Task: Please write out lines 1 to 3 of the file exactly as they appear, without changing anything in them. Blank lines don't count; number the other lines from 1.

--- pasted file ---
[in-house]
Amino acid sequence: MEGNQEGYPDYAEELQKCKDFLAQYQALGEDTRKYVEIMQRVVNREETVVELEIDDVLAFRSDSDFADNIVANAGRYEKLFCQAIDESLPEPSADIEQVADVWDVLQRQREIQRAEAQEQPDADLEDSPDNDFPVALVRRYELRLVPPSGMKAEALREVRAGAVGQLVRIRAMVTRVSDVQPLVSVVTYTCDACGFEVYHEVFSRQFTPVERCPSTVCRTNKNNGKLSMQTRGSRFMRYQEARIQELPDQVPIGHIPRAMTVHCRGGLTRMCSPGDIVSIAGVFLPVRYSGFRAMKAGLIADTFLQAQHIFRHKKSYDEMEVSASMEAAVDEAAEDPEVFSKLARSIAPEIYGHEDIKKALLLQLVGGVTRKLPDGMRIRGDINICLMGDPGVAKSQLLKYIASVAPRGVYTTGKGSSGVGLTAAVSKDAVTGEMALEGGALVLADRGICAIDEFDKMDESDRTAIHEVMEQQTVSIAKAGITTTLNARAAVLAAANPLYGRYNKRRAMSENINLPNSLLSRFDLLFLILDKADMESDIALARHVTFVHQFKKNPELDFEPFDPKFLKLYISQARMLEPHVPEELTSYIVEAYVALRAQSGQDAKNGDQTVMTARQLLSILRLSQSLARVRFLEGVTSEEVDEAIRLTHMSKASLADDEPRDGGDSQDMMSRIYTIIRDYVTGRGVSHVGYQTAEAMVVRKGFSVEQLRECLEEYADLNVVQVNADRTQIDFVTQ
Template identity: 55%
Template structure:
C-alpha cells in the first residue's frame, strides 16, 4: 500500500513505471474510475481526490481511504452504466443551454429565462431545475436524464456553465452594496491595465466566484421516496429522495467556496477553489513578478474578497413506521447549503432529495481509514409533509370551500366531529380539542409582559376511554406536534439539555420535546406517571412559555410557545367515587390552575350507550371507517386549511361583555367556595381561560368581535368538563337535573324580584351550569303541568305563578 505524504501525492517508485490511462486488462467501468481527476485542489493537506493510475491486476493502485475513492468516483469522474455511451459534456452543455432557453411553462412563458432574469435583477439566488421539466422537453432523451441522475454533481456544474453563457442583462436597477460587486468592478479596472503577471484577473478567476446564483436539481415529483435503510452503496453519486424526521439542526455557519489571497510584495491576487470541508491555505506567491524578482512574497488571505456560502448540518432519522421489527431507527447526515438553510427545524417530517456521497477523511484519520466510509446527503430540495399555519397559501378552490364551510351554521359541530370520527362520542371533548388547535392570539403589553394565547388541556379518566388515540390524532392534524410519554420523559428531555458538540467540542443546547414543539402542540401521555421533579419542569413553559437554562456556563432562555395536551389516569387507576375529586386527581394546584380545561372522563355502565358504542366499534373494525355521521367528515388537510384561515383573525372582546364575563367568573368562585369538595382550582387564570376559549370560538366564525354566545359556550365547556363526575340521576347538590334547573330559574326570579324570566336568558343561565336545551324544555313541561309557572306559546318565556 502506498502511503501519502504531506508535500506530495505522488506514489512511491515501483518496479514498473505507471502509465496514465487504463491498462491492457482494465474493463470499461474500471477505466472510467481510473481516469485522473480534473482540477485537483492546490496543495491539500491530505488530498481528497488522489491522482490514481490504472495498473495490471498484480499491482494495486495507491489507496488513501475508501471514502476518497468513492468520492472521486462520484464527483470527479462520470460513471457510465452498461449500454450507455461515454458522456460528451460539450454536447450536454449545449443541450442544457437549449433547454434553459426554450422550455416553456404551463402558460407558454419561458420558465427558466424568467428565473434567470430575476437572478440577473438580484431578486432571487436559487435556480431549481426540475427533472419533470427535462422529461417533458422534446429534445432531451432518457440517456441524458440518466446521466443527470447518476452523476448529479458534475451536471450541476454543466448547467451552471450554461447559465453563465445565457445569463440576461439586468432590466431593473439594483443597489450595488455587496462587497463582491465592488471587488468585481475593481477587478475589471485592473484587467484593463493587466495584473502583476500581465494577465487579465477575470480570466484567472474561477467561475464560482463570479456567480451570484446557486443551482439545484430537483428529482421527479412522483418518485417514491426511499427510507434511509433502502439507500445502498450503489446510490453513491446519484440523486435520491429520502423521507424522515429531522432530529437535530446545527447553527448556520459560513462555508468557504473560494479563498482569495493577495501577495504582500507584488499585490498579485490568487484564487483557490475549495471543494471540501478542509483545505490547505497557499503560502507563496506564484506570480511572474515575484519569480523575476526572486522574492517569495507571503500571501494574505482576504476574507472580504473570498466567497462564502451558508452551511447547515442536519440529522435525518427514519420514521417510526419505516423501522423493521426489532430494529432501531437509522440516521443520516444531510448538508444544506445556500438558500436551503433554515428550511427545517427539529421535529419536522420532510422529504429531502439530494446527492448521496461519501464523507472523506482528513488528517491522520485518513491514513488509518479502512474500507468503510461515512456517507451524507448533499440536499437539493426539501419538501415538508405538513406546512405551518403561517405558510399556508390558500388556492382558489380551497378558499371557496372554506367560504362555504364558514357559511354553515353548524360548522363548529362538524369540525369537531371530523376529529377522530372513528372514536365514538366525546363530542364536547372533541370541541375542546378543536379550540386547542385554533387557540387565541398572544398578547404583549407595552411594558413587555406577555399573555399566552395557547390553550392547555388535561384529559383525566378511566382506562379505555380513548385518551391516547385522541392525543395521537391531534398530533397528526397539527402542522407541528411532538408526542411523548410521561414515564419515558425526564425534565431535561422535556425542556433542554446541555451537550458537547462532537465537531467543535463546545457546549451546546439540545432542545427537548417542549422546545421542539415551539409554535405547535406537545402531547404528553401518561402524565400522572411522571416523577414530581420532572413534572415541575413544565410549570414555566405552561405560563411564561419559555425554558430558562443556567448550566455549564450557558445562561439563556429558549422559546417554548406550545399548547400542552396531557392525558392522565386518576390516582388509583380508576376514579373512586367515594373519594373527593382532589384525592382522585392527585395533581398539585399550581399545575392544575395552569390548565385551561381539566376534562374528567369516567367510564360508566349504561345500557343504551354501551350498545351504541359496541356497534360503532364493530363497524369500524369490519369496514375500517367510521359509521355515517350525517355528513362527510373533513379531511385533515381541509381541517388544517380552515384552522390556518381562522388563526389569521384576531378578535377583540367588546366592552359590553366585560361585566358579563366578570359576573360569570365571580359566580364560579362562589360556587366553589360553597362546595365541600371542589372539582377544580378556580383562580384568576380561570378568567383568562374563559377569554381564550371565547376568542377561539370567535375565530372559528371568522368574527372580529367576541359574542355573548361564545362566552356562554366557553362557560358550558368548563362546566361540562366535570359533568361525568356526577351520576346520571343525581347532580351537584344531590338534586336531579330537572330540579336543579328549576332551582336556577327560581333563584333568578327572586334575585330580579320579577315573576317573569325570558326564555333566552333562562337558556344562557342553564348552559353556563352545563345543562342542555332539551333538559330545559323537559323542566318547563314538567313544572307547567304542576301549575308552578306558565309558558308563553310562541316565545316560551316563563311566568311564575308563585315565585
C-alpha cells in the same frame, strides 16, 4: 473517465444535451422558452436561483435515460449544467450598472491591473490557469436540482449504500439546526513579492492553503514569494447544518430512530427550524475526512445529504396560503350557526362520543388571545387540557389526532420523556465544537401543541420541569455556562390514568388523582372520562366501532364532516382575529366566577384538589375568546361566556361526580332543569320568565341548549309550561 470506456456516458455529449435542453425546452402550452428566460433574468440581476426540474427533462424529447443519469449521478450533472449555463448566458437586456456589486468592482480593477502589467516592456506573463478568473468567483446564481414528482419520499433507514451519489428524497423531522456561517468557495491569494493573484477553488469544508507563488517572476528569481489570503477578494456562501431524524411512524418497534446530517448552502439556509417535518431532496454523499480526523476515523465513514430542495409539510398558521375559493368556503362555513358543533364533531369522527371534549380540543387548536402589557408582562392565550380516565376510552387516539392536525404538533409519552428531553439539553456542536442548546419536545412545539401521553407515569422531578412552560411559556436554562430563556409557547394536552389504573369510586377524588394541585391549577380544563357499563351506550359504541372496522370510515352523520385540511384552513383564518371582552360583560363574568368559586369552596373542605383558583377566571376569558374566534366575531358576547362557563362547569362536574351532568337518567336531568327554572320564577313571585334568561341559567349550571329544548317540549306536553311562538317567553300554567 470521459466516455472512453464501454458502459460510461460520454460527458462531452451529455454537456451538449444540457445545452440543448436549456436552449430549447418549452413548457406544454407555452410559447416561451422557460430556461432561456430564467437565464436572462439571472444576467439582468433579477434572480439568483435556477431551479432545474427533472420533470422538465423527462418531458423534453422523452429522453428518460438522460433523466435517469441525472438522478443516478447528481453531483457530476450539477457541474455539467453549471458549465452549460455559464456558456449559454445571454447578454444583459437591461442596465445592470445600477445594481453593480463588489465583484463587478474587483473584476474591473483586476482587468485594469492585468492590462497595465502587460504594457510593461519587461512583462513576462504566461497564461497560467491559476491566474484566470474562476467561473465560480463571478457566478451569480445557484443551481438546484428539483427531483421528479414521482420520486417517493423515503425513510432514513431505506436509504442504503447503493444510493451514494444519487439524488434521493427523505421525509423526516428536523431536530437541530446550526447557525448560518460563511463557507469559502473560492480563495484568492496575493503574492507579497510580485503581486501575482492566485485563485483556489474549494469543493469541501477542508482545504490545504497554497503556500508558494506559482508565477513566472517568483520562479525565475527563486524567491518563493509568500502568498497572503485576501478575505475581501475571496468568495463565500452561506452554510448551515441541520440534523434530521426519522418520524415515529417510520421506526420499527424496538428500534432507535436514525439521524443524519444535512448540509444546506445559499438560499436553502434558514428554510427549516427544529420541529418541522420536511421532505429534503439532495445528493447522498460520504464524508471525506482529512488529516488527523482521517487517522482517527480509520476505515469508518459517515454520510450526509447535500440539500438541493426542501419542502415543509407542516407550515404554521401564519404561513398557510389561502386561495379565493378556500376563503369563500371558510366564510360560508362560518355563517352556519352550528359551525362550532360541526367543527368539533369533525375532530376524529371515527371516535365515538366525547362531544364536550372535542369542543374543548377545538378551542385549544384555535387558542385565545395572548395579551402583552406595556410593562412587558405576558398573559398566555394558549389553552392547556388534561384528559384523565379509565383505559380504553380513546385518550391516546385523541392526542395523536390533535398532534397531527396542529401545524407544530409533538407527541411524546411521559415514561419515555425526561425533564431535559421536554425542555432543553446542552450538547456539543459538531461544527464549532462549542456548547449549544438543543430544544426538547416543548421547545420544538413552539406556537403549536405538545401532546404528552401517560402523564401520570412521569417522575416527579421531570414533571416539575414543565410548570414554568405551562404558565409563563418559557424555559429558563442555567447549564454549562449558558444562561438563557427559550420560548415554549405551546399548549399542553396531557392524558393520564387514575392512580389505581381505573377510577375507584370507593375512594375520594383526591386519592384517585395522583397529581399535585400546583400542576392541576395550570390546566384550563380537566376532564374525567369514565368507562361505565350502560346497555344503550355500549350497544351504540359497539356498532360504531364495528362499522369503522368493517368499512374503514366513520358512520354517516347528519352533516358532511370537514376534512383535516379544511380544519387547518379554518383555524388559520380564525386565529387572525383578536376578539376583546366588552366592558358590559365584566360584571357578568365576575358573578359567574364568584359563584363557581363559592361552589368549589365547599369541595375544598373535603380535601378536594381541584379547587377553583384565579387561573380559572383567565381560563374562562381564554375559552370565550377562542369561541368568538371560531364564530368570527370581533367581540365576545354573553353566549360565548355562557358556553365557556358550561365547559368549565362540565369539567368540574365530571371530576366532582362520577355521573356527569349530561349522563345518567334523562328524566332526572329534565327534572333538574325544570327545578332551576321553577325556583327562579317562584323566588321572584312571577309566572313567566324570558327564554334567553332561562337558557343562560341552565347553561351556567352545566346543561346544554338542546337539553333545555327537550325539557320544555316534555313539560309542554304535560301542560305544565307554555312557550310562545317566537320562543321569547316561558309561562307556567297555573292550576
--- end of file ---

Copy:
[in-house]
Amino acid sequence: MEGNQEGYPDYAEELQKCKDFLAQYQALGEDTRKYVEIMQRVVNREETVVELEIDDVLAFRSDSDFADNIVANAGRYEKLFCQAIDESLPEPSADIEQVADVWDVLQRQREIQRAEAQEQPDADLEDSPDNDFPVALVRRYELRLVPPSGMKAEALREVRAGAVGQLVRIRAMVTRVSDVQPLVSVVTYTCDACGFEVYHEVFSRQFTPVERCPSTVCRTNKNNGKLSMQTRGSRFMRYQEARIQELPDQVPIGHIPRAMTVHCRGGLTRMCSPGDIVSIAGVFLPVRYSGFRAMKAGLIADTFLQAQHIFRHKKSYDEMEVSASMEAAVDEAAEDPEVFSKLARSIAPEIYGHEDIKKALLLQLVGGVTRKLPDGMRIRGDINICLMGDPGVAKSQLLKYIASVAPRGVYTTGKGSSGVGLTAAVSKDAVTGEMALEGGALVLADRGICAIDEFDKMDESDRTAIHEVMEQQTVSIAKAGITTTLNARAAVLAAANPLYGRYNKRRAMSENINLPNSLLSRFDLLFLILDKADMESDIALARHVTFVHQFKKNPELDFEPFDPKFLKLYISQARMLEPHVPEELTSYIVEAYVALRAQSGQDAKNGDQTVMTARQLLSILRLSQSLARVRFLEGVTSEEVDEAIRLTHMSKASLADDEPRDGGDSQDMMSRIYTIIRDYVTGRGVSHVGYQTAEAMVVRKGFSVEQLRECLEEYADLNVVQVNADRTQIDFVTQ
Template identity: 55%